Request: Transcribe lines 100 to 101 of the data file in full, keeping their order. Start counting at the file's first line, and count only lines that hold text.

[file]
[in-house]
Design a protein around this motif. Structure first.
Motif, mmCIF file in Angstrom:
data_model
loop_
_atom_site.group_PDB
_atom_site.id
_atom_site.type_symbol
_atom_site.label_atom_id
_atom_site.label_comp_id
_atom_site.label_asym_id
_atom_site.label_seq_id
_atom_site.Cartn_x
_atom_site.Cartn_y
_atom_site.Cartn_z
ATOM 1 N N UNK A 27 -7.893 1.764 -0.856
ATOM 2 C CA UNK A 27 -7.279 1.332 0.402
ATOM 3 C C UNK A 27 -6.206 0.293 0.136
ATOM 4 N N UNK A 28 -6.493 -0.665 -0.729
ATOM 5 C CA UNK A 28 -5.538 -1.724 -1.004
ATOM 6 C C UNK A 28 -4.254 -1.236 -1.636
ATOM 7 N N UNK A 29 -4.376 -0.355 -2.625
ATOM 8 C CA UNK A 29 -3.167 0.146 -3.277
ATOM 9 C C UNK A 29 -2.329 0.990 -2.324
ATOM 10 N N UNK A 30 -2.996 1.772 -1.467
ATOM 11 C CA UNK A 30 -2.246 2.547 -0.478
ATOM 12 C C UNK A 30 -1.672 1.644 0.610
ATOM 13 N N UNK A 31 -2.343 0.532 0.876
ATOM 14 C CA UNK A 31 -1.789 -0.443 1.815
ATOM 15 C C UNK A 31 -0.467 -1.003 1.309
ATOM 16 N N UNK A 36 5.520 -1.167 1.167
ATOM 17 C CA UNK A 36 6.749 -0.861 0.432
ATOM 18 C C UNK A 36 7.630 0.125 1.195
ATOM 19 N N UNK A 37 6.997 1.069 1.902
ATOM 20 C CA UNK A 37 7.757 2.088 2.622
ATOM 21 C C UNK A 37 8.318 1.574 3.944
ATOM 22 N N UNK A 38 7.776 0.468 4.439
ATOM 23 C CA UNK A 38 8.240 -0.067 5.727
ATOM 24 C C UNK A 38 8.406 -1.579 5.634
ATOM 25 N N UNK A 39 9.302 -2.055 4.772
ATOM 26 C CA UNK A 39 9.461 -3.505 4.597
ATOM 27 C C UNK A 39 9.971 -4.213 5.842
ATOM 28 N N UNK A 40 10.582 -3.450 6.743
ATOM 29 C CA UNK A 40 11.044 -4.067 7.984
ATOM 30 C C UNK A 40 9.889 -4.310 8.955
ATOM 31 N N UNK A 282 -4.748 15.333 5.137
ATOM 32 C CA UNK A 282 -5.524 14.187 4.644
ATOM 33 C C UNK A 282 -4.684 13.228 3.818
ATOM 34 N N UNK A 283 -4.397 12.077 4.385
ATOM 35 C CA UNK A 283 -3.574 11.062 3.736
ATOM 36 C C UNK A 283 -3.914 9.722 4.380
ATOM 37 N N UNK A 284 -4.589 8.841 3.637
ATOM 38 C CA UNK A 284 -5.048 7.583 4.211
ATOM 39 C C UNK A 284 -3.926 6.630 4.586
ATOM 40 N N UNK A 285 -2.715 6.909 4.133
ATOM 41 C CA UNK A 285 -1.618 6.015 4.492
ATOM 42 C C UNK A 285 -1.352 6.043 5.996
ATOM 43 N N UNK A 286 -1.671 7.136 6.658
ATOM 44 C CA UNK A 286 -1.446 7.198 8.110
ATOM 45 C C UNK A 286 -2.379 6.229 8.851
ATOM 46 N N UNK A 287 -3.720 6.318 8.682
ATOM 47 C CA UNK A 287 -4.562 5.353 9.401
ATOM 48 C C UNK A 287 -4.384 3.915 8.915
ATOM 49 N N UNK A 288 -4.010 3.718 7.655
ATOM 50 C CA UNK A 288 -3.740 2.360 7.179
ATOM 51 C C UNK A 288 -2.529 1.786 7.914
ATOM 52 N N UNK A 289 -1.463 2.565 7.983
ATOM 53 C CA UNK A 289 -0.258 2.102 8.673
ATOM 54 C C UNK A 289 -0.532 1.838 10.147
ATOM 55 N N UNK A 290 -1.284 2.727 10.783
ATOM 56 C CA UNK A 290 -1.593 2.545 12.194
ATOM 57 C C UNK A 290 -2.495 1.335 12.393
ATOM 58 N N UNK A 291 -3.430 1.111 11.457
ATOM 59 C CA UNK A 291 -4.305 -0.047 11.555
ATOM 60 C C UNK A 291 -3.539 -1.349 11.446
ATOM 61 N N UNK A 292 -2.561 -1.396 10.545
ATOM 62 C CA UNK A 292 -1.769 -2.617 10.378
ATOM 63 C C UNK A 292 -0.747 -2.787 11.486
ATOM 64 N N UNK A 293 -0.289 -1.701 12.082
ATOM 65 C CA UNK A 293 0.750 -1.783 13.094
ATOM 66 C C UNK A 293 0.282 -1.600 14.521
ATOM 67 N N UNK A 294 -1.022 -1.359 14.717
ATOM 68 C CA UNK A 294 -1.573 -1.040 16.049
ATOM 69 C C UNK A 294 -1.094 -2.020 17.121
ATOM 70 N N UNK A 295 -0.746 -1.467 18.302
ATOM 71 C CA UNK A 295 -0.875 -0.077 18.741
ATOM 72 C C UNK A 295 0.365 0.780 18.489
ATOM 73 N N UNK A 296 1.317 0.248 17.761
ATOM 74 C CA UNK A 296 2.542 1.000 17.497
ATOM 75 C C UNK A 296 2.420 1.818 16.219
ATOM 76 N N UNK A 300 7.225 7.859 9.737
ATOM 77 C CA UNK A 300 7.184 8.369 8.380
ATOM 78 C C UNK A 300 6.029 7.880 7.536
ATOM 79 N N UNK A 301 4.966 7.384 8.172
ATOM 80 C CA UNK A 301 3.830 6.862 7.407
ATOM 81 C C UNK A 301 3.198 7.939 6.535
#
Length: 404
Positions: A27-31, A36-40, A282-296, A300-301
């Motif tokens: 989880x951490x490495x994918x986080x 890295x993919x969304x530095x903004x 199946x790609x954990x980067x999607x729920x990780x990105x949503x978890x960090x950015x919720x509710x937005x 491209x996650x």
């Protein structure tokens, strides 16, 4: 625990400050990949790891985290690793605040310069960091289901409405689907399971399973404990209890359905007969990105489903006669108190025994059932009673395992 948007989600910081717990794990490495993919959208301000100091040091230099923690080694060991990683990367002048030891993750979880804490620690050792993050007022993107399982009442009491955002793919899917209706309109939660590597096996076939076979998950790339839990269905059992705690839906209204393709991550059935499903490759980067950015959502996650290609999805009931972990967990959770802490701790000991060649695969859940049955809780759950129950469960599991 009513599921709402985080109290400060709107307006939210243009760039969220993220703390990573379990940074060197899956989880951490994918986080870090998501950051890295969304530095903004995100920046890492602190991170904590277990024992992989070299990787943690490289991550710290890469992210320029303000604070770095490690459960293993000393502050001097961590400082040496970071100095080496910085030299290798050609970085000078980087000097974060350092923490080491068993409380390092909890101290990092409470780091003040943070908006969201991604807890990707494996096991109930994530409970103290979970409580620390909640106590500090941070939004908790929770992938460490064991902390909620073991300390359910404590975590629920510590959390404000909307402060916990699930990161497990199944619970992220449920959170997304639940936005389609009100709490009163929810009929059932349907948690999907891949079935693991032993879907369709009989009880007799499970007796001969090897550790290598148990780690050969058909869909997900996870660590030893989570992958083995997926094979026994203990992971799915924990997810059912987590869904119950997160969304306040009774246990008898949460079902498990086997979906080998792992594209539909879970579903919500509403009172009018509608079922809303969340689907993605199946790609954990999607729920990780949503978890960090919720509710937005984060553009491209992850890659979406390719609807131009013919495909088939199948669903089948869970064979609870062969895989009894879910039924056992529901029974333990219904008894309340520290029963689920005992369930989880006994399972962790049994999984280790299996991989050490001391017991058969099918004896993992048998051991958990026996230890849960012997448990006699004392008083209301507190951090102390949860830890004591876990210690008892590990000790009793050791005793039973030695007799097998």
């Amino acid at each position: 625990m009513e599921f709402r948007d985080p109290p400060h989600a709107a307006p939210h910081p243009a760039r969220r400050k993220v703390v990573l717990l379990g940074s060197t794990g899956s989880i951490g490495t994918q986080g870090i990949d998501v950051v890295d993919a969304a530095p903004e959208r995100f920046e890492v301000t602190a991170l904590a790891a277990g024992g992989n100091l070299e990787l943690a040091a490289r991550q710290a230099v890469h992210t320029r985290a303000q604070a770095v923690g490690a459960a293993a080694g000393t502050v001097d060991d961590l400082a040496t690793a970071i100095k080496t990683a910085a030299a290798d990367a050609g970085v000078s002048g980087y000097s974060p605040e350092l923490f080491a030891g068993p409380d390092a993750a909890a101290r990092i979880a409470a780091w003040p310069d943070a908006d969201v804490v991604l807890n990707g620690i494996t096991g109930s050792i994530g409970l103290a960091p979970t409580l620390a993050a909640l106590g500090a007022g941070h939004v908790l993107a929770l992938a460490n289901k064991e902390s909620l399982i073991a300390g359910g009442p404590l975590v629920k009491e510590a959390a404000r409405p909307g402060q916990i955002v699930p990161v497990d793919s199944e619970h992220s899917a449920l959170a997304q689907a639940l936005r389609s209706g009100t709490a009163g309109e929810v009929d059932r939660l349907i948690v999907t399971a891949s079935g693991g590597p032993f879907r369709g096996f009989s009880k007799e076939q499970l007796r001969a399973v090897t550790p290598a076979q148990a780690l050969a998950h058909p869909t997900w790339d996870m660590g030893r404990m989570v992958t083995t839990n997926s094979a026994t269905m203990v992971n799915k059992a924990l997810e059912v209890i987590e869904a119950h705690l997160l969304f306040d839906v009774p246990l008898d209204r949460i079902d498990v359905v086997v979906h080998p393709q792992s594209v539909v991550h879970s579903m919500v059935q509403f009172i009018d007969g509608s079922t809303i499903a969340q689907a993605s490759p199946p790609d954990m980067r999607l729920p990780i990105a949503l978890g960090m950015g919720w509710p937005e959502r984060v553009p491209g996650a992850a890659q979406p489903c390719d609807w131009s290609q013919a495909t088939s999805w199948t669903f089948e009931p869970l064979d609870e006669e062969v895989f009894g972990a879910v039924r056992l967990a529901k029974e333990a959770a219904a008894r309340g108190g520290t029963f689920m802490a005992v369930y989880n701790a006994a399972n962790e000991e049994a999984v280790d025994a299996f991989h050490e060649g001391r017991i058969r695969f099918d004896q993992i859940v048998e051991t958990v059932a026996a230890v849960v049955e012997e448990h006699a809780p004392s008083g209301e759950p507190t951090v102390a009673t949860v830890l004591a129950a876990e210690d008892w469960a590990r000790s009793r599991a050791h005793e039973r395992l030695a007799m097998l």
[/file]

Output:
């Motif tokens: 989880x951490x490495x994918x986080x 890295x993919x969304x530095x903004x 199946x790609x954990x980067x999607x729920x990780x990105x949503x978890x960090x950015x919720x509710x937005x 491209x996650x």
């Protein structure tokens, strides 16, 4: 625990400050990949790891985290690793605040310069960091289901409405689907399971399973404990209890359905007969990105489903006669108190025994059932009673395992 948007989600910081717990794990490495993919959208301000100091040091230099923690080694060991990683990367002048030891993750979880804490620690050792993050007022993107399982009442009491955002793919899917209706309109939660590597096996076939076979998950790339839990269905059992705690839906209204393709991550059935499903490759980067950015959502996650290609999805009931972990967990959770802490701790000991060649695969859940049955809780759950129950469960599991 009513599921709402985080109290400060709107307006939210243009760039969220993220703390990573379990940074060197899956989880951490994918986080870090998501950051890295969304530095903004995100920046890492602190991170904590277990024992992989070299990787943690490289991550710290890469992210320029303000604070770095490690459960293993000393502050001097961590400082040496970071100095080496910085030299290798050609970085000078980087000097974060350092923490080491068993409380390092909890101290990092409470780091003040943070908006969201991604807890990707494996096991109930994530409970103290979970409580620390909640106590500090941070939004908790929770992938460490064991902390909620073991300390359910404590975590629920510590959390404000909307402060916990699930990161497990199944619970992220449920959170997304639940936005389609009100709490009163929810009929059932349907948690999907891949079935693991032993879907369709009989009880007799499970007796001969090897550790290598148990780690050969058909869909997900996870660590030893989570992958083995997926094979026994203990992971799915924990997810059912987590869904119950997160969304306040009774246990008898949460079902498990086997979906080998792992594209539909879970579903919500509403009172009018509608079922809303969340689907993605199946790609954990999607729920990780949503978890960090919720509710937005984060553009491209992850890659979406390719609807131009013919495909088939199948669903089948869970064979609870062969895989009894879910039924056992529901029974333990219904008894309340520290029963689920005992369930989880006994399972962790049994999984280790299996991989050490001391017991058969099918004896993992048998051991958990026996230890849960012997448990006699004392008083209301507190951090102390949860830890004591876990210690008892590990000790009793050791005793039973030695007799097998």